Dentistry as a professional career: the views of London's secondary school pupils (2011-2017)

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5 Citations (Scopus)


Aim To explore young people's perceptions of dentistry as a potential future career, including features which would attract or deter them from wanting to become dentists and the perceived influences on these views.

Methods Purposive sampling of London schools was undertaken. Exploration of academically-able, science-minded young people's (aged 14-18 years) perceptions of dentistry as a potential career was achieved through a series of focus groups conducted at various types of school in the Greater London region (13 focus groups and 91 students). A topic guide, informed by the literature and previous research, explored the perceived motivating and demotivating factors and associated influences, identified by these pupils, on studying dentistry at university. Data were analysed using framework methodology.

Results Multiple factors were identified by London secondary school pupils that would attract them to dentistry. Pull factors were: 1) science-based; 2) status and security - extrinsic rewards; 3) structure of service provision; 4) career opportunities; 5) social interactions; 6) personal skills and care - intrinsic rewards; and 7) being a vocational degree. Push factors away from the career included lack of diversity within the job and the 'negative image' of dentists, with medicine having greater social status and more varied career options. Individual and wider influences on pupils' perceptions included their personal experience with dentistry, social and community networks, the school environment, as well as system and societal level influencers.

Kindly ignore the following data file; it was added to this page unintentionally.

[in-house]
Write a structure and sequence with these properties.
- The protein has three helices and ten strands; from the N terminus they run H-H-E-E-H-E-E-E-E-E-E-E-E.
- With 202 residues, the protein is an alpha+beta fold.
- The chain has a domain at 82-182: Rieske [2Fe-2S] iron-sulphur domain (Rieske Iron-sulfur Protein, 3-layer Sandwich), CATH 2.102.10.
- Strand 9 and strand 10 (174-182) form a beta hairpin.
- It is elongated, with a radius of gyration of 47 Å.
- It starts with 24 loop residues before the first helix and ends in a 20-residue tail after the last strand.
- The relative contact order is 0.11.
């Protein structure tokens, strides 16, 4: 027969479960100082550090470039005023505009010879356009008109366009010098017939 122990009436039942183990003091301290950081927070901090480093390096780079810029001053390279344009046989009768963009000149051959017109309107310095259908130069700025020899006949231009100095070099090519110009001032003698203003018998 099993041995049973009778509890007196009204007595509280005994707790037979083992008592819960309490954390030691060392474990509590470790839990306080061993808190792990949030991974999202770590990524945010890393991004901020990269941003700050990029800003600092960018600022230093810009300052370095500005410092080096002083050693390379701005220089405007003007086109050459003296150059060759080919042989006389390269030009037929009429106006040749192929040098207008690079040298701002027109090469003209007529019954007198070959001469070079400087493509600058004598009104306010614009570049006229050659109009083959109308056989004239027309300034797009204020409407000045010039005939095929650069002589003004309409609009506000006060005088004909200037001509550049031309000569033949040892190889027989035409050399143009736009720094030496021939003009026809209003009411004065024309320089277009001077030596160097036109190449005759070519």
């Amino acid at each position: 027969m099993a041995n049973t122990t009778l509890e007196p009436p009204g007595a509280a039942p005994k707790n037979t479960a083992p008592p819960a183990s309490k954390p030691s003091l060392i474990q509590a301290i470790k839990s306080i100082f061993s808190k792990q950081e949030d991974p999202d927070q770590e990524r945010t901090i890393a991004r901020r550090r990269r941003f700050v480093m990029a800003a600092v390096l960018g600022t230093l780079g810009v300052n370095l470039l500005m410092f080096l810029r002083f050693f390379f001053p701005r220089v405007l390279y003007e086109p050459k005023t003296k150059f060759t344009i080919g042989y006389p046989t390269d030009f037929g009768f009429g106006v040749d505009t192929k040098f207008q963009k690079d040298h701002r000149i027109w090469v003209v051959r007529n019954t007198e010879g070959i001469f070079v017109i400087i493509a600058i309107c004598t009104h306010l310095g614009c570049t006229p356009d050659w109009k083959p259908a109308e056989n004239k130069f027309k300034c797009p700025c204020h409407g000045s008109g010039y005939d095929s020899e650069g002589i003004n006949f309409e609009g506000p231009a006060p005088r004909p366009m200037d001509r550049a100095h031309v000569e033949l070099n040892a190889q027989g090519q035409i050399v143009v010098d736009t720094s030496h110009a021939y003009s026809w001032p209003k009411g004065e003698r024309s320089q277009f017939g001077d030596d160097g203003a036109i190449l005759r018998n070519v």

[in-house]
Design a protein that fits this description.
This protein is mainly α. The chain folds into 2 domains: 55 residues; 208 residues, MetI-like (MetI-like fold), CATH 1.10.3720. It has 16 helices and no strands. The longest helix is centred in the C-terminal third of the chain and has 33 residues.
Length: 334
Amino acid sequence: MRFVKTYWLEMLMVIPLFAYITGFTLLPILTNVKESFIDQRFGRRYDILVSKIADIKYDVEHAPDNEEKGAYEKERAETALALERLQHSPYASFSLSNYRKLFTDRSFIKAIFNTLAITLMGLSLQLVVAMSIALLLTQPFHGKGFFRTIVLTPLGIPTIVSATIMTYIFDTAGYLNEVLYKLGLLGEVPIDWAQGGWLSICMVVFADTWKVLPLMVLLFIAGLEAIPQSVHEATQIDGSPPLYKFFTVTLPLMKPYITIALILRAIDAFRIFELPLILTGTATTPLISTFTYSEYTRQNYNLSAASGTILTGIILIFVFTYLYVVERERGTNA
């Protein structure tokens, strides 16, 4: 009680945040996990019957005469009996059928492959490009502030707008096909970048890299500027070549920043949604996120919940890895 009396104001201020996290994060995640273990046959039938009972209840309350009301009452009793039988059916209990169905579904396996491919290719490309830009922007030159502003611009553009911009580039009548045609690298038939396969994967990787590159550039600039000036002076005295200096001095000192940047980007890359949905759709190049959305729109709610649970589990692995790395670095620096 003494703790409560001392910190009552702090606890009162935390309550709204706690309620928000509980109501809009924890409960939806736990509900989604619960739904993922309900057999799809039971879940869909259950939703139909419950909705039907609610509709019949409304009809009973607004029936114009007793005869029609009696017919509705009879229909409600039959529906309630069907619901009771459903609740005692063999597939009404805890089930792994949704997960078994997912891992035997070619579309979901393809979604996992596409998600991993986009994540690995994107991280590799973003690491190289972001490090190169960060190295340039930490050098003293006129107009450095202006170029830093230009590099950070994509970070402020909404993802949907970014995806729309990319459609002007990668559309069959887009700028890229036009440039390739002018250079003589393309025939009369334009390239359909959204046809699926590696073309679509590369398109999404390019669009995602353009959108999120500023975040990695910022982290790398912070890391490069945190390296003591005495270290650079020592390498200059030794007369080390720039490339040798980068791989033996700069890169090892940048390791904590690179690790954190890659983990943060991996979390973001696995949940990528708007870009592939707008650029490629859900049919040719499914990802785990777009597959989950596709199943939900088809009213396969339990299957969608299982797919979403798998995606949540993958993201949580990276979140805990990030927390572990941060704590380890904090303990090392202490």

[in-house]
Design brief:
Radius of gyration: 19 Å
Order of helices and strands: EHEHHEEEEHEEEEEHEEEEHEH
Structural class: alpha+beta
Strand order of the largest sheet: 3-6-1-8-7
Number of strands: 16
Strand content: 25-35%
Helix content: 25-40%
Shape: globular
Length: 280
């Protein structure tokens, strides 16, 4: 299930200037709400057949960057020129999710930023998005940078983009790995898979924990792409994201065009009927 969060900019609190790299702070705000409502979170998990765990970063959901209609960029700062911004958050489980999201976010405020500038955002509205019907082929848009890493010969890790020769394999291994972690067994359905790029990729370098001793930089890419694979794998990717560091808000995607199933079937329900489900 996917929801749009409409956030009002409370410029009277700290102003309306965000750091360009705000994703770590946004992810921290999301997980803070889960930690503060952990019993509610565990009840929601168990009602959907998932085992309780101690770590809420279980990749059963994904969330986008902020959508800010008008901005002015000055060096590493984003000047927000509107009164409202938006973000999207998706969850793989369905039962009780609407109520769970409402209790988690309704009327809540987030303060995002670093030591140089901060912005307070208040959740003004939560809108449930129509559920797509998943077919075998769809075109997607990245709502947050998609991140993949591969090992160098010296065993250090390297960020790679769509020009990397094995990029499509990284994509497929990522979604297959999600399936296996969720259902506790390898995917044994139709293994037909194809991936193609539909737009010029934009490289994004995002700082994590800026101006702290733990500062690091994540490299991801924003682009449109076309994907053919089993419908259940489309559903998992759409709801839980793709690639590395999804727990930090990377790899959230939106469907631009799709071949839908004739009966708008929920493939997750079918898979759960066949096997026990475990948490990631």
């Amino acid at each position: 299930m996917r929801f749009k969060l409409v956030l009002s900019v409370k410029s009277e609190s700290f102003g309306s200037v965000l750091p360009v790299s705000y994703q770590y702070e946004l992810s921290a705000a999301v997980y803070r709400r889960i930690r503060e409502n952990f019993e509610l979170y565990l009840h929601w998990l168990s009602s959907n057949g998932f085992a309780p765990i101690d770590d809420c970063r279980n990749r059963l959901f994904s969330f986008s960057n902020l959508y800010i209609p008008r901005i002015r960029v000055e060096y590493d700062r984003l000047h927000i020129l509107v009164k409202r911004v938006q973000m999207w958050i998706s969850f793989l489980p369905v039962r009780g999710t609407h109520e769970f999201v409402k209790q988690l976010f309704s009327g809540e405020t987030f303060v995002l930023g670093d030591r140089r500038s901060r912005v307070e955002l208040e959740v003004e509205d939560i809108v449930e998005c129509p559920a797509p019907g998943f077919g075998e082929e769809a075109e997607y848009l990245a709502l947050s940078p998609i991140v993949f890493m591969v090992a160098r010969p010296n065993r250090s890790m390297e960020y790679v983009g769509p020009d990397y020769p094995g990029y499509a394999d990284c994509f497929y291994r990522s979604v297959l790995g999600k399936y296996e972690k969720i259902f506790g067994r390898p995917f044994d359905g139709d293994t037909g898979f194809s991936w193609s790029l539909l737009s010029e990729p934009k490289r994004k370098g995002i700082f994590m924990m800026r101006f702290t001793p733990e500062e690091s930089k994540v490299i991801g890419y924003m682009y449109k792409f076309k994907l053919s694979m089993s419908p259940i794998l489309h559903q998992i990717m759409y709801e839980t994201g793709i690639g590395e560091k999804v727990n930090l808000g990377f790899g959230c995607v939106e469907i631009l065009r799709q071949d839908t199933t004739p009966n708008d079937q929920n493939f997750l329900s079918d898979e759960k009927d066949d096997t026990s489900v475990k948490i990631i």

Conclusions These findings suggest that a wide range of influences determine teenagers' perceptions of a dental career. Pupils in London schools report similar features of dentistry as being attractive as dental students, as well as its importance as a vocational degree, and although dentistry appears to lack status and profile when compared with medicine, it may be more acceptable in relation to its lifestyle. Individual sociodemographic characteristics and wider environmental factors may influence the relative importance of these features.

Original languageEnglish
Pages (from-to)396-406
Number of pages11
JournalBritish Dental Journal
Issue number6
Early online date25 Mar 2022
Publication statusPublished - 25 Mar 2022


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